Ben Wheeler, Texas

  Sadly, since the writing of this post, Brooks Gremmels past away. He truly was the heart and soul of Ben Wheeler, Texas. He rescued a tiny ghost town and put it back on the map. His energy, passion, and unique character will be greatly missed. And I can safely say, there will never be another Brooks. I am extremely grateful for the time I had working with him on all the renovation projects and town event promotions. But more than that, I am proud to say that he was my friend. I really miss that crazy guy.

 

Sadly, since the writing of this post, Brooks Gremmels past away. He truly was the heart and soul of Ben Wheeler, Texas. He rescued a tiny ghost town and put it back on the map. His energy, passion, and unique character will be greatly missed. And I can safely say, there will never be another Brooks. I am extremely grateful for the time I had working with him on all the renovation projects and town event promotions. But more than that, I am proud to say that he was my friend. I really miss that crazy guy.

 

One of my favorite ongoing projects is Ben Wheeler, Texas. Over the past 4 years I have been involved in the renovation and revitalization of this little community in East Texas about 40 minutes west of Tyler on Highway 64. 

Several years ago a crazy guy named Brooks Gremmels retired to Ben Wheeler where he decided to revitalize the little ghost town and put it back on the map. Check out their website to read more about their story. http://www.benwheelertx.com

My first project was to paint a mural on the stage back wall in Moore’s Store - the old grocery store turned restaurant/music venue. Brooks is a huge car and music guy so we immediately hit it off. As I was painting a blue Model A roadster in the mural of old downtown Ben Wheeler he snuck up behind me and said, “I’ve got one exactly like that.” He would regularly bring one of his cars up to the store while I was working and once he let me drive his Cobra Daytona Coupe - what a rush.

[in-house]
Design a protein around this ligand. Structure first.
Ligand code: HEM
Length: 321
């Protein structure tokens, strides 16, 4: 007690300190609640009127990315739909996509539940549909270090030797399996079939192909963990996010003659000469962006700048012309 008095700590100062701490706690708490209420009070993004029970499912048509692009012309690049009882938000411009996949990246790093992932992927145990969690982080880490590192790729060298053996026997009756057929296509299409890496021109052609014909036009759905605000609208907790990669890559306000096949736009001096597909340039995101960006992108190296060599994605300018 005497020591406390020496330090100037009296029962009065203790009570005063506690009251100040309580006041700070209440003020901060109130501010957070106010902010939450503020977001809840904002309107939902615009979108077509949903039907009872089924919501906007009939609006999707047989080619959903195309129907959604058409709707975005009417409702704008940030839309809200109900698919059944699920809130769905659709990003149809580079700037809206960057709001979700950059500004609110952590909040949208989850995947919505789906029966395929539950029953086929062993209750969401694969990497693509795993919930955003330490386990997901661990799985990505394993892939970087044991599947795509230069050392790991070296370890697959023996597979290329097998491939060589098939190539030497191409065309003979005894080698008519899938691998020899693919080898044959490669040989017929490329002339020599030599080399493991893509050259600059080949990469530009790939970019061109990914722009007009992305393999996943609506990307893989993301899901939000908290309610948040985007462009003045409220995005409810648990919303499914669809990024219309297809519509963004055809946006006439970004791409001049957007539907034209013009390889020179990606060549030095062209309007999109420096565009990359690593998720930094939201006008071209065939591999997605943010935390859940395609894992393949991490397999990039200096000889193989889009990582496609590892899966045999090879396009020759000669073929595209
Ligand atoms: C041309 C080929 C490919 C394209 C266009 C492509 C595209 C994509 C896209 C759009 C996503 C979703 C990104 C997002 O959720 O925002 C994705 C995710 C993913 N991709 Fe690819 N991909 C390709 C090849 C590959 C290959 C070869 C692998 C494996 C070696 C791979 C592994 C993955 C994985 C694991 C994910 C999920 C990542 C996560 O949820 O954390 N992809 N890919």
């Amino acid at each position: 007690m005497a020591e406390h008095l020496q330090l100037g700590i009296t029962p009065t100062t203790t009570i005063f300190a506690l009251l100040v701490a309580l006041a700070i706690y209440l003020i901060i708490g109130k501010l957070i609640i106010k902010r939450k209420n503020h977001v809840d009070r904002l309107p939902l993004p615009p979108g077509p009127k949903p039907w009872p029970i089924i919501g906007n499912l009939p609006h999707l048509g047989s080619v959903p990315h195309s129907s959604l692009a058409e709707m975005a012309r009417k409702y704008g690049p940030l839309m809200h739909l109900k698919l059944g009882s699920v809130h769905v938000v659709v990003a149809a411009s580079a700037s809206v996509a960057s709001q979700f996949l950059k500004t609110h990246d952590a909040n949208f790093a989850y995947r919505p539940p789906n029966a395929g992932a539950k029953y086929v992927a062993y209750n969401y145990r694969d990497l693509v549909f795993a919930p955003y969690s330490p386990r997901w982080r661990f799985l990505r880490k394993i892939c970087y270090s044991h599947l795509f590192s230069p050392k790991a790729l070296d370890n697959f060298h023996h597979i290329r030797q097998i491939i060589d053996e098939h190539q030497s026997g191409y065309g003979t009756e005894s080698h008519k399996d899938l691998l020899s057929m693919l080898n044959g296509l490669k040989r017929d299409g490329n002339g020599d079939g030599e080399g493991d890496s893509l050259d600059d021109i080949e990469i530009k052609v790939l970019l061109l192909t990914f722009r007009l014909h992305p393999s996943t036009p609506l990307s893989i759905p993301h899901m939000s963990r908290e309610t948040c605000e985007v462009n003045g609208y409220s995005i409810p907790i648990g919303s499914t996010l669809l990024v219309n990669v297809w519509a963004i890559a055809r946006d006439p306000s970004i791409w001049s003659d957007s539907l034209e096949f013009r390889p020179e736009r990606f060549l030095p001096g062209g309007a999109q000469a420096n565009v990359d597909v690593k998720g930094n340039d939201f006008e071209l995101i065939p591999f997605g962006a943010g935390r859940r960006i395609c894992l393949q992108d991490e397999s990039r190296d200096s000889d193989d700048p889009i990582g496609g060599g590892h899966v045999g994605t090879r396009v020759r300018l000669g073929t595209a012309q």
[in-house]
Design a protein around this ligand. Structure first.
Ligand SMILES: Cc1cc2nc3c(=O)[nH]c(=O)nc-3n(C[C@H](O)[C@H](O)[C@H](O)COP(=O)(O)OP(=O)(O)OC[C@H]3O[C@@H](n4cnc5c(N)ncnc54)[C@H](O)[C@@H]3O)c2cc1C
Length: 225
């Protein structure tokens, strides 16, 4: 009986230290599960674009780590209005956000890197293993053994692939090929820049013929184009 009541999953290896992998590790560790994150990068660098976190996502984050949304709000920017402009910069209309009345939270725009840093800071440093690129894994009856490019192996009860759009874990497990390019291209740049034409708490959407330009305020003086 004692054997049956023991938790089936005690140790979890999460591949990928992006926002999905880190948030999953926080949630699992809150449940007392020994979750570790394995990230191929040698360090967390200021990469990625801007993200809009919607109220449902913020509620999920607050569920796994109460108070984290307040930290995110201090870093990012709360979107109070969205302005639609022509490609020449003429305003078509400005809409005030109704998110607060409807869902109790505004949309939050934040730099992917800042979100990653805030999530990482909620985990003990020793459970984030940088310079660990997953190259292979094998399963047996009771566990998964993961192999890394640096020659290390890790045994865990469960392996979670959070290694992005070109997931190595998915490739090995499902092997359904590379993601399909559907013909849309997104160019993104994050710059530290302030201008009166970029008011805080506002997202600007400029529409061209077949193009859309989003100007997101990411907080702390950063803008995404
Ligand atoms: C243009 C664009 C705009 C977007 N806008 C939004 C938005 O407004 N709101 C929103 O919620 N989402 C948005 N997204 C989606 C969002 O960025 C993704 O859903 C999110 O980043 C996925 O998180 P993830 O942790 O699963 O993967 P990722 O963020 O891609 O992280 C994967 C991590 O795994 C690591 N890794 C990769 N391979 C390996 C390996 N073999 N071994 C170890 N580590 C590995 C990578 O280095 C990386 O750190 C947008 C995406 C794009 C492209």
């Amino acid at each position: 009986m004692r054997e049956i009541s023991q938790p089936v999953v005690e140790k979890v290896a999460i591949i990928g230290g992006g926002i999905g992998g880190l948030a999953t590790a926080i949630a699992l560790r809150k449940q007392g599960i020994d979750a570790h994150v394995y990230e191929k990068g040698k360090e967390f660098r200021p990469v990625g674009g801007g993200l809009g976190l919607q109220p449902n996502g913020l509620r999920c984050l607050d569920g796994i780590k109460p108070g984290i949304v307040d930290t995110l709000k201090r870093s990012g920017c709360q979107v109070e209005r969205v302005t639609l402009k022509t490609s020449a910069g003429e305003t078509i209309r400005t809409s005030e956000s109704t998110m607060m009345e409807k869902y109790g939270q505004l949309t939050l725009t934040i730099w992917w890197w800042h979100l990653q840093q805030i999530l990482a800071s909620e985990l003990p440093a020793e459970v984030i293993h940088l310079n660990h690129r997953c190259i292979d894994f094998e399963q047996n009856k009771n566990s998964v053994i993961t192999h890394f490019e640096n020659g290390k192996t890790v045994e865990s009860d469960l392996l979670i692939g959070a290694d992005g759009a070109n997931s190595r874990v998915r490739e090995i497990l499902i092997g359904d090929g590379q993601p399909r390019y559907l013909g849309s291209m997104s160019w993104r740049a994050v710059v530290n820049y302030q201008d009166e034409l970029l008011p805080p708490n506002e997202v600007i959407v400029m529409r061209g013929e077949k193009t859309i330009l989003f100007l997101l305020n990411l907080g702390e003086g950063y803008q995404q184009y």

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That was the beginning of a great relationship. Since then I have designed several logos including the one for Ben Wheeler, Moore’s Store, and 3 Feral Hog Festivals.  Brooks wanted to do another mural on the outside brick wall of one of the buildings soI worked up a nostalgic RC and Moon Pie design. I shot it over to RC Corporate and Moon Pie to get their permission to use their brands - which they did. Moon Pie wanted to know the back story of the town. When I told them, they said, “This is exactly the kind of community we want to be involved in. Would they be interested in putting on a Moon Pie Festival?” I told Brooks and he blew his curly white top. So plans are in the works to put on a Moon Pie Festival hopefully in the next year. 


Brooks wanted a place to display some of his antique motorcycle collection so he opened Scoots and Scoops - an ice cream parlor / antique motorcycle museum. Inside you can take a break from the heat with a scoop or 2 of Blue Bell while looking over some smokin’ hot fully restored vintage Indians, Simplexes, Mustang scooters, Nortons as well as some crazy race bikes. My favorite is a fully decked out Indian Super Chief from the ’50’s.


They converted the old blacksmith shop into a trendy bistro where you can relax and enjoy a panini and a class of wine. 


We’ve talked about putting in an art gallery where I could display some paintings. Maybe someday. Brooks said, “Really, this whole town is your gallery.” 
If you ever find yourself on Hwy 64, 30 miles east of Canton, swing through Ben Weeler - “The little town that could.” And, if you see a crazy guy with curly white hair stompin’ around, go tell him, “Hey.” You’ll be glad did.

 

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